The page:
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Friday, 19 January, 2001, 11:59 GMT
Can adverts win elections?
The Conservative 'Demon Eyes' poster with pound signs over the eyes
Does spending on political advertising make a difference?
The Conservative Party will soon be 5m better off, following a huge donation to its election campaign fund. But can adverts win elections?

Stuart Wheeler is giving 5m from his gambling empire fortune to the Tory Party. He says the money offers William Hague a "really good chance" of winning the general election - hotly-tipped for May.

Tory leader William Hague
"Cheers, Stuart. Pure genius."
But how much can the advertising campaign which the donation will fund really "even the odds", when even Mr Wheeler's own IG betting index predicts Labour will win as many as 168 seats more than the Tories? Do posters really reach those floating voters party strategists dream of?

The recent cycle of elections in the United States saw an estimated $4bn spent on campaigning, arguably to little conclusive result.

Indeed, the high-water mark of the presidential ad campaigns came when George Bush became embroiled in controversy when it seemed one of his TV slots was subliminally branding Al Gore a "rat".

Ad and subtract

Political ads are just as likely to backfire as win over voters, says Graham Singleton, branding expert at Value Engineers and a 13-year veteran of the advertising business.

"All advertising has an effect. But to have a positive effect a political campaign needs the right 'creative' and needs to say the right things, things which are in tune with what people are thinking."

George W Bush
"The hat? Money well spent."
The Tories' 1979 "Labour isn't working" poster is regarded as a classic. The Saatchi advert, showing the snaking line of a dole queue, is said to have galvanised public concern over unemployment.

But on the other hand the infamous 1997 Conservative advert showing Labour's Tony Blair with demonic eyes was too heavy handed for the electorate, says Mr Singleton.

"People are very media savvy and like to make up their own minds about things. Telling them Tony Blair was a demon, when everyone thought he was a fairly decent bloke, didn't go down very well."

Washed out

Selling a political party is not like selling a washing powder. Slogans and imagery which will whip the faithful into a lather may well leave the general public cold.

"The people at party HQ might have loved the 'Demon Eyes' poster, but how much are they in touch with the people in the street," say Mr Singleton, the man behind ad campaigns for Guinness, Pirelli and Britain's armed forces.

PM Tony Blair
Even demonic eyes need rest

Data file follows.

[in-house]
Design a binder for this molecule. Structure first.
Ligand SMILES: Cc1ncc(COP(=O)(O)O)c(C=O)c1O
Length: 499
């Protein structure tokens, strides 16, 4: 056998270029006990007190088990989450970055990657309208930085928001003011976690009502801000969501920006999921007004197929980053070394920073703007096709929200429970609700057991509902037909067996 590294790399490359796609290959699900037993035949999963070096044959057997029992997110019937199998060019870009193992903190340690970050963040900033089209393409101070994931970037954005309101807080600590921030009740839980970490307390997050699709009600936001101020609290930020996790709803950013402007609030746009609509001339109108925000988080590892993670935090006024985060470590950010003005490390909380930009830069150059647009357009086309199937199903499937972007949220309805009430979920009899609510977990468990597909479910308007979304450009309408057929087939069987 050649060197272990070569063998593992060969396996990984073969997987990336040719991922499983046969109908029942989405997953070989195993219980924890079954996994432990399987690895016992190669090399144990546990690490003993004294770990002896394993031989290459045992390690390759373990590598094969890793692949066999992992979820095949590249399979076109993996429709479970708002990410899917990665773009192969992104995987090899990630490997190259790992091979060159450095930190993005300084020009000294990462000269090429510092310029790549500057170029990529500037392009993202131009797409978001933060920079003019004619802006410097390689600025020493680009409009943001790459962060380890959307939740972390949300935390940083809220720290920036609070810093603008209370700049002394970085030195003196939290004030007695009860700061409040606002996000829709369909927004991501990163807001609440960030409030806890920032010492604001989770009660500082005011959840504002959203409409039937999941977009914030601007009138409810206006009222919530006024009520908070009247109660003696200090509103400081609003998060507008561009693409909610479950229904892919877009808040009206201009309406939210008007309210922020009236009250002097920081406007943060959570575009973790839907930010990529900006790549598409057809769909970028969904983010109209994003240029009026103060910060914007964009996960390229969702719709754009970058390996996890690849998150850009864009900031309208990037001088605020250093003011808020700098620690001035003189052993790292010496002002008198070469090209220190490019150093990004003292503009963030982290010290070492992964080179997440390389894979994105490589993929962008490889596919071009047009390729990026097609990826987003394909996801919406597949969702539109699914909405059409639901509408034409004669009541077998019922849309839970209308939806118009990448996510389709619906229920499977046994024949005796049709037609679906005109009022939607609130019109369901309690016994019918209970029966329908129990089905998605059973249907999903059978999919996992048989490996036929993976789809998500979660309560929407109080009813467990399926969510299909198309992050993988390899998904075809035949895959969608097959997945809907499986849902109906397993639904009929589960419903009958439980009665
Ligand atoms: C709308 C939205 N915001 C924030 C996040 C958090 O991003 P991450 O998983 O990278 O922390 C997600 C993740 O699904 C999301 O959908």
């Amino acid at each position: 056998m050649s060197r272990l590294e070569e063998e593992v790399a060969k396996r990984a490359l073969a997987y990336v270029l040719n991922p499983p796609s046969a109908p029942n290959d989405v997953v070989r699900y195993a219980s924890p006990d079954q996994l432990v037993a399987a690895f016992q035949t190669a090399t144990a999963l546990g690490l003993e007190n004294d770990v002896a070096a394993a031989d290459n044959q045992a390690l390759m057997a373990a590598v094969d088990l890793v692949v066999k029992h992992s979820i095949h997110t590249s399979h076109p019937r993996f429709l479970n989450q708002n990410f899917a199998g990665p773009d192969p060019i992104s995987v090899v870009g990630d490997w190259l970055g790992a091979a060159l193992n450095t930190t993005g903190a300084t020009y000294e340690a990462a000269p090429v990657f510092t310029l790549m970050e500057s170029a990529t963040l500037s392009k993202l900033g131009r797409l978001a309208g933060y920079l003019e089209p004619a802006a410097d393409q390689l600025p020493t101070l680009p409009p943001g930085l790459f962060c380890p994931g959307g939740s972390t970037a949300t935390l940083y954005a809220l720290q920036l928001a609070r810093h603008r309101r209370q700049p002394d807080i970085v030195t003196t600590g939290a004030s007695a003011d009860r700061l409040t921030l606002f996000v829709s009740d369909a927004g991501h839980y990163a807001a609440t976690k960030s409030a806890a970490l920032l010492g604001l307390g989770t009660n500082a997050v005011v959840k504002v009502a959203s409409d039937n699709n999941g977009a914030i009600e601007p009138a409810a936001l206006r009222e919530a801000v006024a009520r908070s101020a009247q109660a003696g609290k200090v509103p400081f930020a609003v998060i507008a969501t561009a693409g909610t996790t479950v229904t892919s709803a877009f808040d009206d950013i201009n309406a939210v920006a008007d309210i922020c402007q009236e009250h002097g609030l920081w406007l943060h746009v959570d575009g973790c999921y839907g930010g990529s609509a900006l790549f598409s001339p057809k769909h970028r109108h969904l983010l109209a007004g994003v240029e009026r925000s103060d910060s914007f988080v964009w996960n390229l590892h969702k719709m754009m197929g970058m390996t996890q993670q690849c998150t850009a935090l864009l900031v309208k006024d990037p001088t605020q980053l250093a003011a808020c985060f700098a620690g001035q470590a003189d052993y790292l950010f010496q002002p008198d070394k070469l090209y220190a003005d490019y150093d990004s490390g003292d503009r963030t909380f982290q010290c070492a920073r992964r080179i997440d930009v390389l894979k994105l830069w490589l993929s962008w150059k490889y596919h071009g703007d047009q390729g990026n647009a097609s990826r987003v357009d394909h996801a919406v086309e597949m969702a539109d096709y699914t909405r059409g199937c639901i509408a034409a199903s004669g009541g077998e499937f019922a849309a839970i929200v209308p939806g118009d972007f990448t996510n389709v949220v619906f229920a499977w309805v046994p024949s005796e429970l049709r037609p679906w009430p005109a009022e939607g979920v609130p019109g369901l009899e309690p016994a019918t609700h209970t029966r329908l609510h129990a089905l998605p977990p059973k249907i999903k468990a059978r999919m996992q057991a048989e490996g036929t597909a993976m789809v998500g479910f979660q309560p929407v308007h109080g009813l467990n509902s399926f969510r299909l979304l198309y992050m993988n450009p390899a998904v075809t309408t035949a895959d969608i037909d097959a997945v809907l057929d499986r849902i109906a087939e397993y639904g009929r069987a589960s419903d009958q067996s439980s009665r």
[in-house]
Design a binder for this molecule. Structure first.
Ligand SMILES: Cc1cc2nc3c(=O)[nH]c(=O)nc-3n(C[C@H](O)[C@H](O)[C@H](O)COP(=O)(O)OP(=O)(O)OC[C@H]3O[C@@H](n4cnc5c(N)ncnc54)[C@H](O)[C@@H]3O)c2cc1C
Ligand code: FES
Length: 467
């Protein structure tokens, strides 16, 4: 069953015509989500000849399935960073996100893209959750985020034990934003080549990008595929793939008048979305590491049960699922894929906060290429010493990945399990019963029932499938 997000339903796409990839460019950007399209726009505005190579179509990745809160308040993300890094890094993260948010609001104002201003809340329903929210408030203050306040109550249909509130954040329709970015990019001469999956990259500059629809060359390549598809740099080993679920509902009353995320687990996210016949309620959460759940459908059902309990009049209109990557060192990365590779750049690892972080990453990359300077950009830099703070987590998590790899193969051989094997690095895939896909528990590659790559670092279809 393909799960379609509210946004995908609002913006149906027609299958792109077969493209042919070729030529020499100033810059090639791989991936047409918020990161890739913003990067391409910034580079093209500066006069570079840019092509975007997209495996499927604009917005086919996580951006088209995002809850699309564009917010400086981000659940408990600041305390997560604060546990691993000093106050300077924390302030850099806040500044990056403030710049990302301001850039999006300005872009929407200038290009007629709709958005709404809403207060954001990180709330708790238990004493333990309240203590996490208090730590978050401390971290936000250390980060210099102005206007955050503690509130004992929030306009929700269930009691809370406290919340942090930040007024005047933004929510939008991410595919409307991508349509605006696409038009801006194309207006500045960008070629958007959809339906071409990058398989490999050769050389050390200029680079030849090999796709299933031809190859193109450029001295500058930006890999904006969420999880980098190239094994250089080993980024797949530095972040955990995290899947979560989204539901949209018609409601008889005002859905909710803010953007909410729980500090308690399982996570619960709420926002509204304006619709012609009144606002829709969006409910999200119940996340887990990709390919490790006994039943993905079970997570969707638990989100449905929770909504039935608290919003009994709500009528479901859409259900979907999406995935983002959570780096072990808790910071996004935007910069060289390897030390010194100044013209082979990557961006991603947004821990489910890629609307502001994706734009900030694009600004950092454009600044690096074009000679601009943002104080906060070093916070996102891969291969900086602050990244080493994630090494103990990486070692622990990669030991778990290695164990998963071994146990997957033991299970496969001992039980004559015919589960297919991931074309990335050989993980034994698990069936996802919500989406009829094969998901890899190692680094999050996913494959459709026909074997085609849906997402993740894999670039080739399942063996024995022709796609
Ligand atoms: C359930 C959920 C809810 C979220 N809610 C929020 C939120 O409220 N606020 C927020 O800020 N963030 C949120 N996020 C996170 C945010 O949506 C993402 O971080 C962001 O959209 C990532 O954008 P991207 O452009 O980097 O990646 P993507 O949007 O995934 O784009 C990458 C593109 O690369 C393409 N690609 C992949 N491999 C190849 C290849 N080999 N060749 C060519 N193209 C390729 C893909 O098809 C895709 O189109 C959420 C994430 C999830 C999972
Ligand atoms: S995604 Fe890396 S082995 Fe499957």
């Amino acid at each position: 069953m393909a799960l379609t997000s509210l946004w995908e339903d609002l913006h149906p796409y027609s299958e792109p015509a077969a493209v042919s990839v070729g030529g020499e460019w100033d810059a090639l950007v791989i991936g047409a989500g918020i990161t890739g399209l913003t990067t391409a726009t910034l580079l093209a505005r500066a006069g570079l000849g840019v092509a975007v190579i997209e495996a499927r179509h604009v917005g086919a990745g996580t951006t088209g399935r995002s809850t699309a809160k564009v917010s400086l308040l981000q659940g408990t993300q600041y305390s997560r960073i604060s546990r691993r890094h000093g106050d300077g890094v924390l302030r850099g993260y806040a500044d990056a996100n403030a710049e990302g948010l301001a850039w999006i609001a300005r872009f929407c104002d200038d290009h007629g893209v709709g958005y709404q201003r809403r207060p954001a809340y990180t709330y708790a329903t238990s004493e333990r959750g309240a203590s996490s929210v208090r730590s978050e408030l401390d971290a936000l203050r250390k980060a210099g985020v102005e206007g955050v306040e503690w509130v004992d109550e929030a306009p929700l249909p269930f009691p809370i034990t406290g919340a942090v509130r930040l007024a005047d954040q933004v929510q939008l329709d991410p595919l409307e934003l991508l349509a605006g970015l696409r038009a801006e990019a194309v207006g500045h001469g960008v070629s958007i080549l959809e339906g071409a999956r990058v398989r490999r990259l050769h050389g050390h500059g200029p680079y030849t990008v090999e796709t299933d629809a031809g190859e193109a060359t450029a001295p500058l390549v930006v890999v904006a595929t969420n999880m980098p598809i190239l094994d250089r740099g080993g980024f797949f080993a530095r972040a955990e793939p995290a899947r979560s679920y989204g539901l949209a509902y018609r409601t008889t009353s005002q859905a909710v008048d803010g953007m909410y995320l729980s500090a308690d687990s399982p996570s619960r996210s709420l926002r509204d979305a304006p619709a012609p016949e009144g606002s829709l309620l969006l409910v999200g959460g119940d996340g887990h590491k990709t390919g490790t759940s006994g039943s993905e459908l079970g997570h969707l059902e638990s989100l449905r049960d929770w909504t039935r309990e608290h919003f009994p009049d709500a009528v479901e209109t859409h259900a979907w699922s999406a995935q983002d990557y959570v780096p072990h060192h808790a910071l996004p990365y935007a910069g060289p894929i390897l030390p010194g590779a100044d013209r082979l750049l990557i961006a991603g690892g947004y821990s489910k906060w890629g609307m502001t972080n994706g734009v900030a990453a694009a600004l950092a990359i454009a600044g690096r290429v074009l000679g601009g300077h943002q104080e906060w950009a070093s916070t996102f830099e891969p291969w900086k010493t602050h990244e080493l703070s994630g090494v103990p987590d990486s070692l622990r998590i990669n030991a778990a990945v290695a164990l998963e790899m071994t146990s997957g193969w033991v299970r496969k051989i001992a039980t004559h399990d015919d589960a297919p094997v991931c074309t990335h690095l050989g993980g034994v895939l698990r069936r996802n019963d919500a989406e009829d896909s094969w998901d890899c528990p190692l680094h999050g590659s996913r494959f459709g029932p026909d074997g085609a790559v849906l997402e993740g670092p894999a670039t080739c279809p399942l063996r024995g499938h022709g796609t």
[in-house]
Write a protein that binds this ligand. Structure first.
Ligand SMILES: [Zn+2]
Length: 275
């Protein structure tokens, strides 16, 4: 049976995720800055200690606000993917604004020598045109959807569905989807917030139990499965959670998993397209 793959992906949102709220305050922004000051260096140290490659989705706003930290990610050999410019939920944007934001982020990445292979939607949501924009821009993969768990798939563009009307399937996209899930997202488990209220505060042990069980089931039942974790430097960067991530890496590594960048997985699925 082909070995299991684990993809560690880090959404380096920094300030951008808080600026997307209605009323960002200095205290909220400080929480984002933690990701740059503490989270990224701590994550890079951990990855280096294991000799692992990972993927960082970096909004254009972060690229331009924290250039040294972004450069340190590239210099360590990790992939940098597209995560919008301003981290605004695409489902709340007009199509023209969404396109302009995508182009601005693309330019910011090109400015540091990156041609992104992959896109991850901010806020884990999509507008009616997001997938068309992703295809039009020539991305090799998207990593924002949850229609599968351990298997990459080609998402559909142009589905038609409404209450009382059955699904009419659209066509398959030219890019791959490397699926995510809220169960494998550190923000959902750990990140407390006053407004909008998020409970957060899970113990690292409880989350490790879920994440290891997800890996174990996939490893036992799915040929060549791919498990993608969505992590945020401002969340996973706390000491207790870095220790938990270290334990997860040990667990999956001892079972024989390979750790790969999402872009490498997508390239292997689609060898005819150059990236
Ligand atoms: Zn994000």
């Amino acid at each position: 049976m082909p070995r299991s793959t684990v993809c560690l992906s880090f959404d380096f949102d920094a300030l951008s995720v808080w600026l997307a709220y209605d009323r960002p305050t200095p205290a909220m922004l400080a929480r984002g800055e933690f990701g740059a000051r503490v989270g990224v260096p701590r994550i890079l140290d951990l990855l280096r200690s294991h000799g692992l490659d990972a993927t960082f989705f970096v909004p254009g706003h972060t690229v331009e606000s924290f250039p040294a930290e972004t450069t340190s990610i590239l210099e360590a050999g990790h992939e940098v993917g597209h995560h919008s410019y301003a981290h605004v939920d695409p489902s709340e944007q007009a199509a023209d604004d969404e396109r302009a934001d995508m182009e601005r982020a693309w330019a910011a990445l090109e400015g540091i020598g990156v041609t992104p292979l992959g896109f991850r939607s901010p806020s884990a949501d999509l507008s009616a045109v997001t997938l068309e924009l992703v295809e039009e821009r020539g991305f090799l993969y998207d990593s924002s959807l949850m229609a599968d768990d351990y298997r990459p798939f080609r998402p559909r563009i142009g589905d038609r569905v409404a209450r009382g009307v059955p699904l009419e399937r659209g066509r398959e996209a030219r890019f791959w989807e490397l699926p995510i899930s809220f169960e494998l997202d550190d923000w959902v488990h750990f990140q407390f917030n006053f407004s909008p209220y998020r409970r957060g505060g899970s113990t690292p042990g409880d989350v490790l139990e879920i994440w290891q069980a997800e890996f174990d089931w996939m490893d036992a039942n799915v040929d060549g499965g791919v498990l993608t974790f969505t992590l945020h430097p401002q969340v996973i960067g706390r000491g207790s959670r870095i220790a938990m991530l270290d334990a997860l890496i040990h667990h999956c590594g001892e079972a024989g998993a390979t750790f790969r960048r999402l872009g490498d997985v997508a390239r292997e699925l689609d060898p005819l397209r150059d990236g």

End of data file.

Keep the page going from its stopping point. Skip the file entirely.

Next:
The Tories spent 20m to Labour's 14m during the last general election campaign, and yet still got soundly beaten at the ballot box.

Analysts, including the boss of the MORI polling firm, Robert Worcester, suggest Mr Blair "lost" the campaign battle - shedding voters to the Liberal Democrats - but had won the war against the Tories long before the election was called.

Were the Tories not lagging so far behind in the polls, Mr Wheeler's gift might have paid for some decisive advertising, says Mr Singleton.

Poster taints

"For posters to make a real difference something would have to happen to make Labour unpopular, something like the return of the fuel protests."

A "burst" of topical posters playing on such a weakness could "prove very influential", he says.

However, like oil tankers, national advertising campaigns cannot turn on a sixpence.

Billboard space is easier and cheaper to find the earlier it is booked. With only Number 10 sure when the election will be, Labour has the planning advantage.

Conservative ad from summer 2000
Could anything fuel Tory hopes?
The ruling party is already reportedly buying up prime advertising space for April. Opponents could well be left with "dross" or relying on the goodwill of more conventional advertisers to move their posters.

Mr Wheeler's 5m is relatively small beer in the world of TV advertising - it would just about buy a decent brace of British commercials or three 30-second slots during the Holy Grail of US advertising, the Superbowl.

However, it is quite sufficient for a "national heavyweight burst" of posters - a campaign at perhaps three times the intensity one might expect from, say, a toothpaste maker.

But an effective poster is measured not in billboard space, but in newspaper column inches.

Making the leaders

"Editorial coverage is worth more than the ad. It is seen as being more neutral, or less clearly biased. When an ad is discussed it has a greater influence on people's opinions."

During the Scottish parliamentary race, the Tories unveiled a poster comparing Scottish National Party leader Alex Salmond to the Teletubby Laa-Laa.

Laa-Laa the Teletubby
Is it too laa-laa-late for a Tory ad campaign?
Though the poster quickly fell foul of copyright laws, its short outing is estimated to have generated 200,000 of media coverage - only slightly less than the Scottish Tories entire campaign budget.

Yellow M, the agency behind the poster and now hired by William Hague, proved you can get people talking without breaking the bank.

But it also showed that even an advert which gets people talking can only do so much. In the Scottish parliamentary election, the Tories were beaten both by Labour and Mr Salmond's SNP.

See also:

18 Jan 01 | UK Politics
I gain nothing - 5m Tory donor
18 Jan 01 | UK Politics
Stuart Wheeler: 5 million man
05 Jan 01 | UK Politics
Party donations under fire
12 Sep 00 | Election news
Democrats smell campaign rat
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